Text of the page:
Imagine, No Magna Carta

Written by:
14 April 2020
Imagine, No Magna Carta - Featured image

All over the world, millions of people are being subjected by their respective governments to an untested social experiment which is decimating their societies.

This experiment involves locking people up in their homes but fining them if they dare to go out for more than one walk or sit down for too long on a park bench. This experiment is taking away their livelihoods, preventing them from visiting their relatives, and depriving their children of an education. This experiment is stopping people from burying their parents or seeking spiritual consolation with others in places of worship. The world as we know it, is unrecognisable.

And how do celebrities respond? They respond by singing a song. They don’t just sing any song; they choose to sing the most overtly political song in the history of modern songwriting; ‘Imagine’, led by Wonder Woman, aka Gal Gadot. Along with twenty-two of her best celebrity friends, all of whom are heroically make-up free, the group takes it in turns to sing, some more tunefully than others, various lines of John Lennon and Yoko Ono’s ultimate Ode to Socialism.

Imagine there’s no countries

It isn’t hard to do

Nothing to kill or die for

And no religion, too

Imagine no possessions

I wonder if you can

No need for greed or hunger

A brotherhood of man

Just imagine. This performance reveals in glorious technicolour just how completely and utterly out of touch the Hollywood set is with the rest of the world, oblivious to the plight of so many as they walk around the walled gardens of their multi-million-dollar mansions, crooning about how great it would be to live in a world without borders or possessions. You would think that after Ricky Gervais’ magnificent and thoroughly memorable lambasting about preaching to the rest of society at the 77th Annual Golden Globes, they might have thought twice before making, let along posting the video. It appears however, that discretion has not been the better part of valour.

Leaving aside for a moment just how cringeworthy and ill-judged the entire production actually is, it is a worthy exercise to consider the choice of song. It reveals in no uncertain terms that they, along with many in the media, education, corporate diversity departments, the law and government would like a return of socialism. John Lennon admitted in an interview that ‘Imagine’ was ‘virtually the communist manifesto even though I’m not particularly a communist and I do not belong to any movement.’ He went on to elaborate that ‘There is no real communist state in the world; you must realise that. The socialism I speak about… [is] not the way some daft Russian might do it, or the Chinese might do it. That might suit them. Us, we should have a nice… British socialism.’

It should hardly come as a surprise that the most vociferous voices calling for the lockdown of entire populations, greater government control and greater police powers are left-wing progressives who have been longing for a clean sweep of society so that we can start all over again. They would like to see the status quo completely overturned so that the brave new world can finally be heralded in, where poverty and inequality are eliminated because the state will take care of everything. They hope that this will finally bring about the utopia of their dreams, where Western societies can finally have John Lennon’s ‘nice’ socialism.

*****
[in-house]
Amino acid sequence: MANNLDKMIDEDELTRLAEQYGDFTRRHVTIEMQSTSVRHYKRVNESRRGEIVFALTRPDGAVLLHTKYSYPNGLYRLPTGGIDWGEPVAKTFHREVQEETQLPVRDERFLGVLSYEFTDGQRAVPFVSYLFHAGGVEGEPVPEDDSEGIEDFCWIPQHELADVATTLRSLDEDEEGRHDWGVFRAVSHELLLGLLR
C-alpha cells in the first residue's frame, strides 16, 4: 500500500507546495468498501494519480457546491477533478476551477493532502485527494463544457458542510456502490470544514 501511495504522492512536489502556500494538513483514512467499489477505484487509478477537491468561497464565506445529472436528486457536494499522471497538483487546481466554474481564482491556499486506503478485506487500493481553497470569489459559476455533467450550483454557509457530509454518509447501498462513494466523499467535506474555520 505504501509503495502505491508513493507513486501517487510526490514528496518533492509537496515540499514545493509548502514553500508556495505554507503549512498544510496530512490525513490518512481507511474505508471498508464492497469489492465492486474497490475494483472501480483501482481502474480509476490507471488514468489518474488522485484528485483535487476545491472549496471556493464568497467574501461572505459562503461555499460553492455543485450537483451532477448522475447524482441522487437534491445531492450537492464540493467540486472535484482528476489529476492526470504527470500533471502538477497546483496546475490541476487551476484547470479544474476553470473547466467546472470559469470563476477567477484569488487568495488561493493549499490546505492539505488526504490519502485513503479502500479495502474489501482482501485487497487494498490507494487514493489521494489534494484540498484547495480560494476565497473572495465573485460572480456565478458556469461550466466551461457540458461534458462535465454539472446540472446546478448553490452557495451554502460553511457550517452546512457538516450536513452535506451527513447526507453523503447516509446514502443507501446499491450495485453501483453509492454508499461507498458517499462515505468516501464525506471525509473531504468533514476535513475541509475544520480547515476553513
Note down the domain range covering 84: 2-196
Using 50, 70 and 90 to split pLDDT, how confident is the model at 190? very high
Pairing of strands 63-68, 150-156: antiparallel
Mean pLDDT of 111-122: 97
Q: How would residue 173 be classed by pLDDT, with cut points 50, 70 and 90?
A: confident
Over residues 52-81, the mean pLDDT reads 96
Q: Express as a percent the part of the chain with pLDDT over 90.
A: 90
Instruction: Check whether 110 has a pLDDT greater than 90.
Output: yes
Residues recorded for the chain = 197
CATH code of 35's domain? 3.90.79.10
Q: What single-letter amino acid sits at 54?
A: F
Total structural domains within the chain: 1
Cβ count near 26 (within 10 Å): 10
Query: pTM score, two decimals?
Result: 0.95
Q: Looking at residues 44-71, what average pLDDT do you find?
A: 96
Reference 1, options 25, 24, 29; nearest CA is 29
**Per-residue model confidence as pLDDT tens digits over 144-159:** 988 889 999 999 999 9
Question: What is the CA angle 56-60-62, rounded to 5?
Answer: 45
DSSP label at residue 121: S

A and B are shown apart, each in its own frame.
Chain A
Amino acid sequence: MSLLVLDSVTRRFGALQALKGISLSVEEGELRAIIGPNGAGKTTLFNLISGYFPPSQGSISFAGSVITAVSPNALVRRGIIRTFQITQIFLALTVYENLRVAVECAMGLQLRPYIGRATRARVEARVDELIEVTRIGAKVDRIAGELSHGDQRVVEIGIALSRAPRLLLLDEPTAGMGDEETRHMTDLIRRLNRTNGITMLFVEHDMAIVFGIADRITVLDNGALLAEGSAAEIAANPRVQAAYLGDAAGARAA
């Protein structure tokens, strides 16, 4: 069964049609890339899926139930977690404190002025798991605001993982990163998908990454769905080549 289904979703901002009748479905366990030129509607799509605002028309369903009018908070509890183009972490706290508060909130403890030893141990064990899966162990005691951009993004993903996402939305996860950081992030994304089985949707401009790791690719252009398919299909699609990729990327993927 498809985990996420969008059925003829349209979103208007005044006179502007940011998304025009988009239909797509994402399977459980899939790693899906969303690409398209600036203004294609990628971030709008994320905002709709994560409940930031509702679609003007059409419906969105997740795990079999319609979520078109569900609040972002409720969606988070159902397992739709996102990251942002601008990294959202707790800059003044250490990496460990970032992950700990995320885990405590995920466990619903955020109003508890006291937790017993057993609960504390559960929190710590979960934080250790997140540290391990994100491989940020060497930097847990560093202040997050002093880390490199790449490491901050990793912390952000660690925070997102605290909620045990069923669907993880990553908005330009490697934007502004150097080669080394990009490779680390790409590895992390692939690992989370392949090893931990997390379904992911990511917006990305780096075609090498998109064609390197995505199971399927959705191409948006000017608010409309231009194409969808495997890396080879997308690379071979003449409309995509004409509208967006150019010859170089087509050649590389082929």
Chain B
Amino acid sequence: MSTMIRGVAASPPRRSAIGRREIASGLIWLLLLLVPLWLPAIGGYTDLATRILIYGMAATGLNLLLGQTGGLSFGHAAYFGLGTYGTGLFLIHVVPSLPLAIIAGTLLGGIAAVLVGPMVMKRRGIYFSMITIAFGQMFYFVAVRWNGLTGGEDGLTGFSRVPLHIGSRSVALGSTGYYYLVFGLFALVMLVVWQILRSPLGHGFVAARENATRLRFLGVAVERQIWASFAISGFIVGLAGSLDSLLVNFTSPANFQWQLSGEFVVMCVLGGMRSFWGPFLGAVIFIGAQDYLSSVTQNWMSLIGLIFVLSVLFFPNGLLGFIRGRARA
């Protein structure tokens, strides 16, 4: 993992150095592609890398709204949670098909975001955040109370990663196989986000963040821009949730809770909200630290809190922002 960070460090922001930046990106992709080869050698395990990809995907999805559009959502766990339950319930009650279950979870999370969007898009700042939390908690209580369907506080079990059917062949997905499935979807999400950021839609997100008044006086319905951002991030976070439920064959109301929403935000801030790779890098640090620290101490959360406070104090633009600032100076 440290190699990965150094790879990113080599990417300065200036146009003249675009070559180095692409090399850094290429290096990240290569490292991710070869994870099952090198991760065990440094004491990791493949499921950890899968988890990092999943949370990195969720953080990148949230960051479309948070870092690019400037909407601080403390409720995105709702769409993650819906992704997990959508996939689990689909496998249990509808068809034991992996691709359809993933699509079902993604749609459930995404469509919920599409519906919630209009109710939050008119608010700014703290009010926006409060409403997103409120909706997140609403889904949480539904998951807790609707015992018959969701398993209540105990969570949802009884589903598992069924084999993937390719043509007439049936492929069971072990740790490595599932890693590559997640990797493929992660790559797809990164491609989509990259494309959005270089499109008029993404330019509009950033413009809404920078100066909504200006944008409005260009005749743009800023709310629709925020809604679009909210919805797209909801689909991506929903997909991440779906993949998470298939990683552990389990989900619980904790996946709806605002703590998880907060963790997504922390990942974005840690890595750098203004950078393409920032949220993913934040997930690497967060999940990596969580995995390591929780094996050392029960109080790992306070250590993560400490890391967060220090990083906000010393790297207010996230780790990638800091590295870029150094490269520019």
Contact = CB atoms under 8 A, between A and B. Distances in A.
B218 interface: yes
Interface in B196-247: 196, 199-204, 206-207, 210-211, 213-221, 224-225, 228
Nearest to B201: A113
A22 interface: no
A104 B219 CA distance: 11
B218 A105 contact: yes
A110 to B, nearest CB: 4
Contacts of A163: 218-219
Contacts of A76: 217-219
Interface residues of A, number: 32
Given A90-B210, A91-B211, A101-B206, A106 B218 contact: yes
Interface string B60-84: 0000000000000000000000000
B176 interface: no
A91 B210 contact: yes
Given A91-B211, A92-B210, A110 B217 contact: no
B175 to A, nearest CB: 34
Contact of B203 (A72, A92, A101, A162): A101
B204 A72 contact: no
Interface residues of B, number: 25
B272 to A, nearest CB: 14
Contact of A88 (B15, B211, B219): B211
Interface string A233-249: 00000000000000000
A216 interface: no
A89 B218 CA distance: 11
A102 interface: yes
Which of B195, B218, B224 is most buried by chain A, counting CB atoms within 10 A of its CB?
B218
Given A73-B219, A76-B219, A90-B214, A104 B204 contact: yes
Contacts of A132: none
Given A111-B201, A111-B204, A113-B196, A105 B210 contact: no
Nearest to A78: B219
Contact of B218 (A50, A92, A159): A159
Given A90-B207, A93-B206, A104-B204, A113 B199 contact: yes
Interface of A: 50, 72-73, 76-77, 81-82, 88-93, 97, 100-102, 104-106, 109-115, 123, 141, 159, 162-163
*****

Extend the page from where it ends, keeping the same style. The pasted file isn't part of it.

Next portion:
In Australia, we have seen our politicians, Liberal and Labor alike, go along with it all. Never before have our elected representatives sitting in their respective parliaments been so lacking in the cognitive dissonance you would expect to see in someone boxed into making a decision in conflict with deeply-held values. There is no sense that they are reluctant to impose these measures on their fellow citizens. Last week, we witnessed an ostensibly conservative government hand over greater powers to the police when the NSW Health Minister Brad Hazzard signed documents which would enable to the police to issue fines of up to $11,000 to Australians who they deem to be ignoring self-isolation measures. Six-months in jail has also been made an option. Victorians are currently facing fines of $1,652 if they leave the house for ‘non-essential reasons or if they breach the two-person gathering’. There is absolutely no sign from our politicians about how long all this will go on for. Neither has there been a single assurance that this is just a temporary measure. They are reminiscent of the revolutionary Jacobins, who went for the most extreme measures without hesitation.

In a press conference, NSW Premier Gladys Berejiklian said that people have to get used to a new way of living. It is as if Australians are being conditioned to expect future restrictions, where encroachments such as these on our civil liberties will be viewed as completely normal. It is as if people are being conditioned into accepting a greater role of government through a combination of remarkable speed combined with the crushing of dissent.

As Brendan O’Neill asked recently, ‘Are we allowed to ask yet if the immiseration of vast numbers of working-class people, the creation of a police state and the suspension of habeas corpus is the best way to tackle a virus? No? Please let me know when we are allowed to ask.’

What is taking place now is not just an economic crisis but also a crisis of our civilisation; our Australian civilisation built on our British heritage. We are seeing a very real threat to our rights and freedoms, the concepts of rule of law, liberal democracy, freedom of religion, conscience and speech. Let us not forget, most importantly, thanks largely to the Magna Carta of 1215, that our freedoms also extend to protection from state tyranny and governmental overreach.

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